Rebel #1

REBELS will never be confused with something that can be taken as historical fact. But, if you have ever wondered about the story of Molly Pitcher, the Daughters of Liberty, or just want a fun story where you might learn something along the way, there’s no better place to start than REBELS. The stories’ ability to take the sides of not only the American colonists but also slaves, Native Americans, and even the British separates it from being another tale led by blind patriotic bias. Instead, it becomes an honest look at our history through the eyes of characters living through it.

The one issue that really exemplifies this idea is issue #9. The narrative follows the life of a young Native American boy named Stone Hoof who at a young age helps the British in the Ohio valley region build a fort, only to be forced to take the fort back as an adult and kill those he was once friends with. Neither side is portrayed as a villain. In the poignant tale of the effects that time has on friendship and trust, the British soldiers are doing what they are told is right by holding the fort while the Native Americans are doing what they believe is right by fighting for the land they lost. It is this honest look at history that makes REBELS a fantastic read in 2015.


USAGI YOJIMBO is a long-standing Dark Horse Comics series that hit a milestone in 2015 with the release of its 150th issue. A simple story on the surface of a wandering ronin, or samurai without a master, traveling through feudal Japan, quickly becomes a much deeper tale of life, loss, and finding your way in the world. Whether learning about loss and regret in “The One-Armed Swordsman” or coming to terms with a new culture in “Death of a Tea Master,” writer Stan Sakai does a masterful job of creating breathtaking stories in both short and long-form storytelling.

Usagi Yojimbo 146

What really makes USAGI YOJIMBO special is the ability of the mythos to be deep and nuanced while still making each comic as accessible to new readers as issue #1. Even though there are repeat characters and moments, no issue is tied down so heavily to previous lore that it becomes overwhelming. Because USAGI YOJIMBO depends so little on creating a large epic and instead, focuses on single tales, the series has always been able to touch on a plethora of issues in an honest and thought-provoking way.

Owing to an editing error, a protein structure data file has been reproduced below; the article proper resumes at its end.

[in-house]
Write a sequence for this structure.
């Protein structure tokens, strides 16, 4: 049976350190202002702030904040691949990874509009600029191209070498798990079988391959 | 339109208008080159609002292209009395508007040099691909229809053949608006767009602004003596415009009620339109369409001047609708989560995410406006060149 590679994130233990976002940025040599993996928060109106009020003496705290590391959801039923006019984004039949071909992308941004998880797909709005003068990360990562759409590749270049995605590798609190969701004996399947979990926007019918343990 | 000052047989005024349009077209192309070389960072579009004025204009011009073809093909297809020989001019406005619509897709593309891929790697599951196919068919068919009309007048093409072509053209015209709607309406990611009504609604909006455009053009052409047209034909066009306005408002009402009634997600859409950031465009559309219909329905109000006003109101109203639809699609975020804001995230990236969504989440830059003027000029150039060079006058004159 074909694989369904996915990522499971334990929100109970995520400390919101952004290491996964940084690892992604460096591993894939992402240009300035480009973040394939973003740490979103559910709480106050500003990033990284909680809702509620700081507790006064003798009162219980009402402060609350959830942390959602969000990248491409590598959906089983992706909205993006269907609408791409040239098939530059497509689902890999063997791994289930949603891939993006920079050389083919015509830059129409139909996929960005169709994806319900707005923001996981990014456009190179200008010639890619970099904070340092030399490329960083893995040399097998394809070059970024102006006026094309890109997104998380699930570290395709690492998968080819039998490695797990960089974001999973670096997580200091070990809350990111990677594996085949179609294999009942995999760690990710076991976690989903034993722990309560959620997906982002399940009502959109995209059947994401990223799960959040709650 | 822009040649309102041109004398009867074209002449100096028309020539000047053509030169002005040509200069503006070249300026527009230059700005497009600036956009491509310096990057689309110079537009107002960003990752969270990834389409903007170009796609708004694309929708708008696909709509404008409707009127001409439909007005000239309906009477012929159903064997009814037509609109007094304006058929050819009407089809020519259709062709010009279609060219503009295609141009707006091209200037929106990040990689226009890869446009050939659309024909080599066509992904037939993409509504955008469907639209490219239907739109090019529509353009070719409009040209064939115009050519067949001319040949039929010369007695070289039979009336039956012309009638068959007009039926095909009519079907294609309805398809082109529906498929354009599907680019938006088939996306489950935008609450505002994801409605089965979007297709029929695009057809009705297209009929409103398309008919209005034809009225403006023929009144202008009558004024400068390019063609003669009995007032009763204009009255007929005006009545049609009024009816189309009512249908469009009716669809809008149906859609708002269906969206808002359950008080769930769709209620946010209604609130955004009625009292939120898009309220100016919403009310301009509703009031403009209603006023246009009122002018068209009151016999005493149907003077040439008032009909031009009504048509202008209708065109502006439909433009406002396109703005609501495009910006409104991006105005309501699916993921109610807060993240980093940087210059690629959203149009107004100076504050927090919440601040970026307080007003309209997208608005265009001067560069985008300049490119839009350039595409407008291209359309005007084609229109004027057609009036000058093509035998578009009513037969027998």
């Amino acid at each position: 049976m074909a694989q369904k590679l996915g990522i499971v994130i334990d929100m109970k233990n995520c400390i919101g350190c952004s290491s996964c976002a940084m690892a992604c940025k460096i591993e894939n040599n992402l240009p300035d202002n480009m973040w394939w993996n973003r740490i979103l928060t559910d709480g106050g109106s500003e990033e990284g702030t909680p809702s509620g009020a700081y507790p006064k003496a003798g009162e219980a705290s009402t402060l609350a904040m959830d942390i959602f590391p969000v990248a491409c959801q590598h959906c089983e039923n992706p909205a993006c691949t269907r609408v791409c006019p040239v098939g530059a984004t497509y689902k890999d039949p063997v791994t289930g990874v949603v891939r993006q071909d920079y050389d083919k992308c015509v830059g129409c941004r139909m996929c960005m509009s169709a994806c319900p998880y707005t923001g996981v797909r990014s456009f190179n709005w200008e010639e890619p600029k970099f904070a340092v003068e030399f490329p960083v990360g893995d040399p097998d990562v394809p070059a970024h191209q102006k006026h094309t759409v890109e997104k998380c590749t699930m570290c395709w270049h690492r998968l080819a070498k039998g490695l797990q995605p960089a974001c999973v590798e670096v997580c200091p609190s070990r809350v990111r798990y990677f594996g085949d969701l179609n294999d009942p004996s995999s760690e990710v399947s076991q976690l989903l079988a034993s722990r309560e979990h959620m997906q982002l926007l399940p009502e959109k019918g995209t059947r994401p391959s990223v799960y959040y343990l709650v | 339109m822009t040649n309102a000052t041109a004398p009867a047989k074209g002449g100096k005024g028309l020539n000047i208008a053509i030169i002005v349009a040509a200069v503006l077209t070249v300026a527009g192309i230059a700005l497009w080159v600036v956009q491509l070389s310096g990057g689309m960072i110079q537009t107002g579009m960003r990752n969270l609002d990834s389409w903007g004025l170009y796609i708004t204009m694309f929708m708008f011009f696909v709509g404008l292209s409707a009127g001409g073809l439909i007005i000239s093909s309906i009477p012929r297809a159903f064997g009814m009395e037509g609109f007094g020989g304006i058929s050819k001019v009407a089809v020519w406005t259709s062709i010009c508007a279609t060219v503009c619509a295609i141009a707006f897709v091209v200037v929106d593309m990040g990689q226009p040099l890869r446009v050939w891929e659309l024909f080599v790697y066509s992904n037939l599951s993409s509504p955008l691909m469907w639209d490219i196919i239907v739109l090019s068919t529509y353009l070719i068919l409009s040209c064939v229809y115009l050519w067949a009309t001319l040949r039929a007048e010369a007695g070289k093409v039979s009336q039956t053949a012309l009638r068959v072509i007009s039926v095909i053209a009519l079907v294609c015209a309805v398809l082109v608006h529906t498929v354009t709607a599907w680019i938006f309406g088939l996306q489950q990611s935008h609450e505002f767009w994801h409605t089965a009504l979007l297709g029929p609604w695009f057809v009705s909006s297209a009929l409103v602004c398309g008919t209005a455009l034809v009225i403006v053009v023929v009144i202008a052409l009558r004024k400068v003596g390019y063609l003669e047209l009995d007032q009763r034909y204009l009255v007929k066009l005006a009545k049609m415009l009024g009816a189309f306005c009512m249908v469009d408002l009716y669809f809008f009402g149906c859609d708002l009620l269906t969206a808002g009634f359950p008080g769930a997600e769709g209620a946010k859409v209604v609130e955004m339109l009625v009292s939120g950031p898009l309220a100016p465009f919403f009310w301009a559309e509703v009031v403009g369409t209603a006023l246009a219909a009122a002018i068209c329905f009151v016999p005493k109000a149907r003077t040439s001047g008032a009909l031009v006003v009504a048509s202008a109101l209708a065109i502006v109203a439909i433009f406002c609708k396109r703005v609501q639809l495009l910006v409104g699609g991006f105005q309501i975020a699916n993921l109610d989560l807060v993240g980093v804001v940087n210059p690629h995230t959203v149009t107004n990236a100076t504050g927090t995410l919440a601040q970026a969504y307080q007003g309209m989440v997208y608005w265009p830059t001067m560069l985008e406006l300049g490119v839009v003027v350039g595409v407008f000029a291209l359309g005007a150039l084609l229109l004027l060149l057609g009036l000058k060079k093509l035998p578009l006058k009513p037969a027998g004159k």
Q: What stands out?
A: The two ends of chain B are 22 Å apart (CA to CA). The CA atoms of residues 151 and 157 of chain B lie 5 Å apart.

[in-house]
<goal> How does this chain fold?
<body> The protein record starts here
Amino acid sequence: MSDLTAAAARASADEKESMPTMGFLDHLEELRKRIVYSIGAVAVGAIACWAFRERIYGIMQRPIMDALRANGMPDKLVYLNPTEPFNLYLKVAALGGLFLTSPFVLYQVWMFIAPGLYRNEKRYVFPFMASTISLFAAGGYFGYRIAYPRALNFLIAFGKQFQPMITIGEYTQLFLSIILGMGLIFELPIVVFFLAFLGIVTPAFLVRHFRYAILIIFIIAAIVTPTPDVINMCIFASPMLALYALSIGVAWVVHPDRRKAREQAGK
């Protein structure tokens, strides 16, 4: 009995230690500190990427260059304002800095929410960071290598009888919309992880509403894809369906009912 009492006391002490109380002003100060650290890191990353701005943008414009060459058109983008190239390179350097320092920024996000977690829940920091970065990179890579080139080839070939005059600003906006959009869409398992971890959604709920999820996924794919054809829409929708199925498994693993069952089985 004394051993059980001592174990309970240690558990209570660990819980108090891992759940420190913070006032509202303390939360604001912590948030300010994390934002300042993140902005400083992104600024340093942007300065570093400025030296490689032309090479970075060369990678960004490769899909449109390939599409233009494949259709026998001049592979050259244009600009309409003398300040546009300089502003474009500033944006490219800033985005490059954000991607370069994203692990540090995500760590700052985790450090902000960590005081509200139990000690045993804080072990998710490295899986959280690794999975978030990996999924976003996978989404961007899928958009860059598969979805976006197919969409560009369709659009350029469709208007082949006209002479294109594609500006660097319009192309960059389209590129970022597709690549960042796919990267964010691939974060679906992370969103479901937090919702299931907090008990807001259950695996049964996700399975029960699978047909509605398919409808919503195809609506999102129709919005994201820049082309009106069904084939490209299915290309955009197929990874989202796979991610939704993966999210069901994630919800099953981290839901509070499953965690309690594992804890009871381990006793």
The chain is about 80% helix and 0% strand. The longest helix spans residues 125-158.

Many times, the moral of the story is blatantly obvious, like “The One Armed Swordsman” being about coming to terms with loss, but it does nothing to diminish the impact. On top of that, the stories are fun, light-hearted, and a very pleasant escape from much more dramatic and violent tales in many other forms of entertainment, comics included. On the surface, the story of a rabbit samurai seems silly and nonsensical, and, in a way, it is. But beyond the surface is a saga with as much heart and nuance as any comic on stands today and one that is only getting better with each passing year.

The one issue that really captures the power that USAGI YOJIMBO can have is issue #150. In the “Death of a Tea Master” single-issue story, Miyamoto Usagi comes in contact with western culture for the first time. In a story that explores ideas of cultural superiority and trying to understand the differences caused by living in different parts of the world, Miyamoto Usagi must avenge his murdered tea master. Bored with fighting countless samurai, the western traveler asks to witness the ritual suicide of the tea master for his amusement. The following tale is one of redemption and the value of life. It is a masterfully layered tale and one that not only belongs in the best of 2015 but the best USAGI YOJIMBO has to offer.  

READ: For even more Dark Horse Comics, read our reviews of MIRROR’S EDGE: EXORDIUM!

Dark Horse Comics spent much of 2015 strengthening their catalog with multiple new properties. This willingness to continue to try and create new stories, has led to some of not only the best Dark Horse Comics of 2015, but also some of the best comics of 2015, period. Alongside Dark Horse’s iconic USAGI YOJIMBO series, THE PAYBACKS, REBELS, HARROW COUNTY, and FIGHT CLUB 2 all represent the best Dark Horse Comics of 2015,